Due to the recent outbreak of COVID-19, excavations around the country have been shut, forcing archaeologists to be resourceful and use what they can at home to complete their studies. But, on the flip side, it has inspired a whole host of others who did not know they had a passion for archaeology to take up online courses to learn more. Among them is Chris Seddon, a wedding photographer whose jobs dried up with the current restrictions in place, leading him to spend some hours studying maps and images of the area close to his home in southern Derbyshire.
He was following the line of the River Trent when he noticed an unusual feature close to the village of Swarkestone.
Recalling the moment to the Guardian last week, he said: “I thought, what’s that? It looks a bit odd, and a bit round.”
Among other content of the area, Mr Seddon discovered a LIDAR image – a method for measuring distances by illuminating the target with laser light and measuring the reflection with a sensor – that looked like a lost henge.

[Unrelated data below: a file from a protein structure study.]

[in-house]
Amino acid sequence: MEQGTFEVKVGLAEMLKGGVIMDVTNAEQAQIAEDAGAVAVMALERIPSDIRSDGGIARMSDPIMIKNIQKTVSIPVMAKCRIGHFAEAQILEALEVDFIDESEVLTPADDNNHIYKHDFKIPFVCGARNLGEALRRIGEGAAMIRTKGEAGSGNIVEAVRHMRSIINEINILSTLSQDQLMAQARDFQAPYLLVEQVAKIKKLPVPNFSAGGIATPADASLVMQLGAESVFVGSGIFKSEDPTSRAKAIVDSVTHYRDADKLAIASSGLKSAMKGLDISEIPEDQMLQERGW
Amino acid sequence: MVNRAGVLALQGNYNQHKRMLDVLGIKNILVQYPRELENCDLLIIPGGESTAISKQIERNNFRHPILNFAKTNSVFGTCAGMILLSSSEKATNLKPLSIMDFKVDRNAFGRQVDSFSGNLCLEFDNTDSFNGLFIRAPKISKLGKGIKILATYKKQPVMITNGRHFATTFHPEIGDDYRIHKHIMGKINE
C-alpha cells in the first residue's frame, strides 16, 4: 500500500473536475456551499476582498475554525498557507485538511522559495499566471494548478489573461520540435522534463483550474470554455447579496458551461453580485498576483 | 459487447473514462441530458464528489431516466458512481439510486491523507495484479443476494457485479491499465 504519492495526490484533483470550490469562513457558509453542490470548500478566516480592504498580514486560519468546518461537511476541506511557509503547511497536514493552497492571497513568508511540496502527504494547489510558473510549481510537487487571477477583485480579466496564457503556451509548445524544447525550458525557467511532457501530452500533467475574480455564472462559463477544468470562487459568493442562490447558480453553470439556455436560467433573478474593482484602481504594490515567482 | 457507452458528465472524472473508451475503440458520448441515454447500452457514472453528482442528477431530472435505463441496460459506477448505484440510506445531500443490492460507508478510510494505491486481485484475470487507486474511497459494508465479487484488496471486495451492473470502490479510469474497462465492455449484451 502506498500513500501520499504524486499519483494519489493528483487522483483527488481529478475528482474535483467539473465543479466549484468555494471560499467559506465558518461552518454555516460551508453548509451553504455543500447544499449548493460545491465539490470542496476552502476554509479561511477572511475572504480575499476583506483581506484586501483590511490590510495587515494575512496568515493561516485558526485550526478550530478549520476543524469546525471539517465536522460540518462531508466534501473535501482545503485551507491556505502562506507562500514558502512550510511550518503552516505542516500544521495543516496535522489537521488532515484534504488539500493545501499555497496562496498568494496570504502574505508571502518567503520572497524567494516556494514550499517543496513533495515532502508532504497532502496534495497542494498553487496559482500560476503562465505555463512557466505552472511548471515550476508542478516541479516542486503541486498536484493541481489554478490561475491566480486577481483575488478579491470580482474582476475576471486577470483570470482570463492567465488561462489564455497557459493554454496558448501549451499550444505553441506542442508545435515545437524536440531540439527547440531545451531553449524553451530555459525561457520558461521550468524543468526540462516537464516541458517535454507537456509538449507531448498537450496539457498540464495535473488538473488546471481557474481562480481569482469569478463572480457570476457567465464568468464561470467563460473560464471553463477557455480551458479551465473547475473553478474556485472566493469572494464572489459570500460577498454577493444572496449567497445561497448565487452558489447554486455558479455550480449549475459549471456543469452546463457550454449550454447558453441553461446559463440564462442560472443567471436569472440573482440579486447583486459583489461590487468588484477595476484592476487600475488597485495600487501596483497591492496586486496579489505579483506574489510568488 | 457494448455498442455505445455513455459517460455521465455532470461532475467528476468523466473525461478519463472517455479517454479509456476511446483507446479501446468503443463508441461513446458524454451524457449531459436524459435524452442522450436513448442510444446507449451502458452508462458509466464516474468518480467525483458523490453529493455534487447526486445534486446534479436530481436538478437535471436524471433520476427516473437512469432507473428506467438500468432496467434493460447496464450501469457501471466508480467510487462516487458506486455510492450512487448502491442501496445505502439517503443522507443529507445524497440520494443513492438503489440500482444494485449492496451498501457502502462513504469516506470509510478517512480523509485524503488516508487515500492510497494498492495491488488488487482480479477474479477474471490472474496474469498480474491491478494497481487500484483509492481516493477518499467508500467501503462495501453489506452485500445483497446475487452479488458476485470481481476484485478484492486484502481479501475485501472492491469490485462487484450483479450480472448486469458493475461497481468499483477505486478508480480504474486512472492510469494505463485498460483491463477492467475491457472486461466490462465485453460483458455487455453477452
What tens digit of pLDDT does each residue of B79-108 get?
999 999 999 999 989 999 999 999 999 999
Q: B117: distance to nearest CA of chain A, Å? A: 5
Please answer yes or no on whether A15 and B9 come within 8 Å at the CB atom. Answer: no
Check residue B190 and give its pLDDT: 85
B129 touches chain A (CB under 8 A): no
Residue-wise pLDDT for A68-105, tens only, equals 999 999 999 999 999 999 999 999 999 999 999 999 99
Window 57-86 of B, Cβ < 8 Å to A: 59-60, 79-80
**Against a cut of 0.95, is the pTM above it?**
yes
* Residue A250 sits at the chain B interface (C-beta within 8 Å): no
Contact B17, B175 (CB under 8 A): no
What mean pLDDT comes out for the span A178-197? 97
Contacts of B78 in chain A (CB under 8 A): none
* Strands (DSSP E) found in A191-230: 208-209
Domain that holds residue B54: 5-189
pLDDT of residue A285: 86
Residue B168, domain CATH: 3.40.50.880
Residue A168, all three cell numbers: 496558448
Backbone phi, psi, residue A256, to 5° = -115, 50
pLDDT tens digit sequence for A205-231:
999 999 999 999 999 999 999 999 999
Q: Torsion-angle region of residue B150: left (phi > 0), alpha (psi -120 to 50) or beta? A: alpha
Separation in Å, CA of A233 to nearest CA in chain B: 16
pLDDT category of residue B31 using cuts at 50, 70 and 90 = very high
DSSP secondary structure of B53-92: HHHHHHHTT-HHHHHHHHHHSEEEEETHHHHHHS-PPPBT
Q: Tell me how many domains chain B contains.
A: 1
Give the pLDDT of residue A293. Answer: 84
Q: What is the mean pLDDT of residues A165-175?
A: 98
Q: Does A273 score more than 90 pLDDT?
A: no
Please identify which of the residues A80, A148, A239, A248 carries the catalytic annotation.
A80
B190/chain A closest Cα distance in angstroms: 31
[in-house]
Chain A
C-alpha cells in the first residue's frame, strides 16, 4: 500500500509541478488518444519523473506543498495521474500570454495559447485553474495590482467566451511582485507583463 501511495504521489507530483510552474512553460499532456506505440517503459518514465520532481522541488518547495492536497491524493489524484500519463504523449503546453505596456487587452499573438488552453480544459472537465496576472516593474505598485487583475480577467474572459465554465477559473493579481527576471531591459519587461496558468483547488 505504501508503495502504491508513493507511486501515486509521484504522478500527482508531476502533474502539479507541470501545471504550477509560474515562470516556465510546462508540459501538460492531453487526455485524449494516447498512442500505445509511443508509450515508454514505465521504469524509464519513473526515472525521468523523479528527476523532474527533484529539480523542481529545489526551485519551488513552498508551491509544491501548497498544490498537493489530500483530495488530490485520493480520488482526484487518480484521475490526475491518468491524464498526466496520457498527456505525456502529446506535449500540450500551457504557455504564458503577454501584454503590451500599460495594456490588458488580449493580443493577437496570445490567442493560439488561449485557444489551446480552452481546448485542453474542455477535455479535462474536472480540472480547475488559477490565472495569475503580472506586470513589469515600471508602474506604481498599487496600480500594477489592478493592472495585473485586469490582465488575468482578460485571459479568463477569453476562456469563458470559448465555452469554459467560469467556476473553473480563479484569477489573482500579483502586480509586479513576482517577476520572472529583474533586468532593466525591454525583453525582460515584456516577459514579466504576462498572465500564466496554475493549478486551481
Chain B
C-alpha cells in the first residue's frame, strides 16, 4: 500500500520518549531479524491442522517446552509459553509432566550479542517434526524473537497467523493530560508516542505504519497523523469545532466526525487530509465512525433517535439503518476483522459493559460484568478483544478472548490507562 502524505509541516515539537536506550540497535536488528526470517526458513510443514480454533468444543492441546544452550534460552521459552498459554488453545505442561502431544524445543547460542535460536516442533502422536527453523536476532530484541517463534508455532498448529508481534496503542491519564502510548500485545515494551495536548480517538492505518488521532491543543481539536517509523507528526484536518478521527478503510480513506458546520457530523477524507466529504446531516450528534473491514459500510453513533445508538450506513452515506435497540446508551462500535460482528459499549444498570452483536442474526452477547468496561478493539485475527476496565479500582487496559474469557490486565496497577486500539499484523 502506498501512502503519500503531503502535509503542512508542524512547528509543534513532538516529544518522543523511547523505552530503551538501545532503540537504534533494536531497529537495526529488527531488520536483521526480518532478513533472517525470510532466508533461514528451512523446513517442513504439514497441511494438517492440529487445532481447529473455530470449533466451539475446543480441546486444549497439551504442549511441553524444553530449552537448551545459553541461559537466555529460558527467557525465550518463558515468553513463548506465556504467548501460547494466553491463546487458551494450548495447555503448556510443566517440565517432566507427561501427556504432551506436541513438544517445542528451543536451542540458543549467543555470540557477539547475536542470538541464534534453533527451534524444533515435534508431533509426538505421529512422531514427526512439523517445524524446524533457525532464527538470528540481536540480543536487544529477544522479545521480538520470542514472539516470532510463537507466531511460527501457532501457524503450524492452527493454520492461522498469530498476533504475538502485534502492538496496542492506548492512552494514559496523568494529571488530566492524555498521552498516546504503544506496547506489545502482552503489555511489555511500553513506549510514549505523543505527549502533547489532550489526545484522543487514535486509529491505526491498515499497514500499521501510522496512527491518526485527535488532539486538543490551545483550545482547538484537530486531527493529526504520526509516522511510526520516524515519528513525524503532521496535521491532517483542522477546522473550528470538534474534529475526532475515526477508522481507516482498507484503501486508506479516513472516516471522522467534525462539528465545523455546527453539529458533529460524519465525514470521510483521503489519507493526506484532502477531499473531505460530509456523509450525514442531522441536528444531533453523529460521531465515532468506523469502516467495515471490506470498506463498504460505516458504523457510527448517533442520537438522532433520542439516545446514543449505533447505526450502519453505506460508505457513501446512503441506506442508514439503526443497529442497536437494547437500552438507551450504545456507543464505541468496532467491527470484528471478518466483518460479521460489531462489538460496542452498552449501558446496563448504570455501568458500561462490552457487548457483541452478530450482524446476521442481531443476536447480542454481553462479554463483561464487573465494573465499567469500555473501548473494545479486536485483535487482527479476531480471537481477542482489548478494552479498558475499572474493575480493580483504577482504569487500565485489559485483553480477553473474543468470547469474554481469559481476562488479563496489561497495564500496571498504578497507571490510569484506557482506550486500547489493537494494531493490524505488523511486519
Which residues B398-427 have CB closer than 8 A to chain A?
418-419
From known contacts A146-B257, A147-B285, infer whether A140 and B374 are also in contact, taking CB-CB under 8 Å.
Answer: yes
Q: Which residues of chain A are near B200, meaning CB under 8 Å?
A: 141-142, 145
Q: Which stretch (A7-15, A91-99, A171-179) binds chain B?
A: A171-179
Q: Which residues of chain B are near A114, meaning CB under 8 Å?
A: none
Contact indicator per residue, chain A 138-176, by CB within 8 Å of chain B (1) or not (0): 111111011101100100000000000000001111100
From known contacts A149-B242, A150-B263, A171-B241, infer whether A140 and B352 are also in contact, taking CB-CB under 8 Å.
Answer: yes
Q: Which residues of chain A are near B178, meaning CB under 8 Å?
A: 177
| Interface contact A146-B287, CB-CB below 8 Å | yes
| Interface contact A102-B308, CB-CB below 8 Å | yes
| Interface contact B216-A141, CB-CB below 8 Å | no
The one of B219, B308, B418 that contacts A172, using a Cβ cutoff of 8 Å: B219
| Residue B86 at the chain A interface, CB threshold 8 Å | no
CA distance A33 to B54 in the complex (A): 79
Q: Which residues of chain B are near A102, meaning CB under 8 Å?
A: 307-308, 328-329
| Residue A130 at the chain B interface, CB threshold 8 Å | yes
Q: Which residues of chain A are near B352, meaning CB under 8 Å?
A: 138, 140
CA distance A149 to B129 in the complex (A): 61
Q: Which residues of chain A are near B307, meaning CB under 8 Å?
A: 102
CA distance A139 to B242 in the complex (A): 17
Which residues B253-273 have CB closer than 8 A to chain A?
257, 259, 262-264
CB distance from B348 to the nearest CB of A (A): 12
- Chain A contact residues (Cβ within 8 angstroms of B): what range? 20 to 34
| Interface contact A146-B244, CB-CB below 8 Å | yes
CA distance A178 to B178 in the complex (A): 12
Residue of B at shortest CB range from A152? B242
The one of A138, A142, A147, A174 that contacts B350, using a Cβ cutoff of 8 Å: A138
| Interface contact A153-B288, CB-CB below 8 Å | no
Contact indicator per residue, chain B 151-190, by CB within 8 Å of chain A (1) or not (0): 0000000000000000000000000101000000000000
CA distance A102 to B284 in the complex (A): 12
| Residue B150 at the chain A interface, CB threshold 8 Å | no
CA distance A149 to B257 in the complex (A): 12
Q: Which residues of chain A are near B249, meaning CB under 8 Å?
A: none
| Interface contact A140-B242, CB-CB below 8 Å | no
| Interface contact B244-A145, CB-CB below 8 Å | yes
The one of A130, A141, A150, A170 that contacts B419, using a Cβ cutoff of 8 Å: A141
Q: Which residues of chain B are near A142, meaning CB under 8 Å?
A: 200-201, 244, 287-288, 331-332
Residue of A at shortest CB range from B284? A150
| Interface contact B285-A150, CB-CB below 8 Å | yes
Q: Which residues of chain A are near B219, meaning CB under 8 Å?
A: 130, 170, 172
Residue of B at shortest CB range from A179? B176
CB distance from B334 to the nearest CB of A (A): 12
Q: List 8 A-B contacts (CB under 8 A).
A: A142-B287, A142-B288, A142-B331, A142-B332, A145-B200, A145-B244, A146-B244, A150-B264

Inspired by his find, Mr Seddon joined an online course run by DigVentures and uploaded his find to the group to find out of anyone had any more information.
He was blown away when the response from coursemates and professional archaeologists were as stunned as his,
DigVentures managing director Lisa Wilkins said there is no way of knowing for sure what it is yet, but said other known Neolithic sites nearby, the style of the feature and its location support the hypothesis of a lost henge.
She told The Guardian: “We are very happy to say that this does indeed look like a ‘thing’.
“Of course, we are all just itching to get out there and investigate.”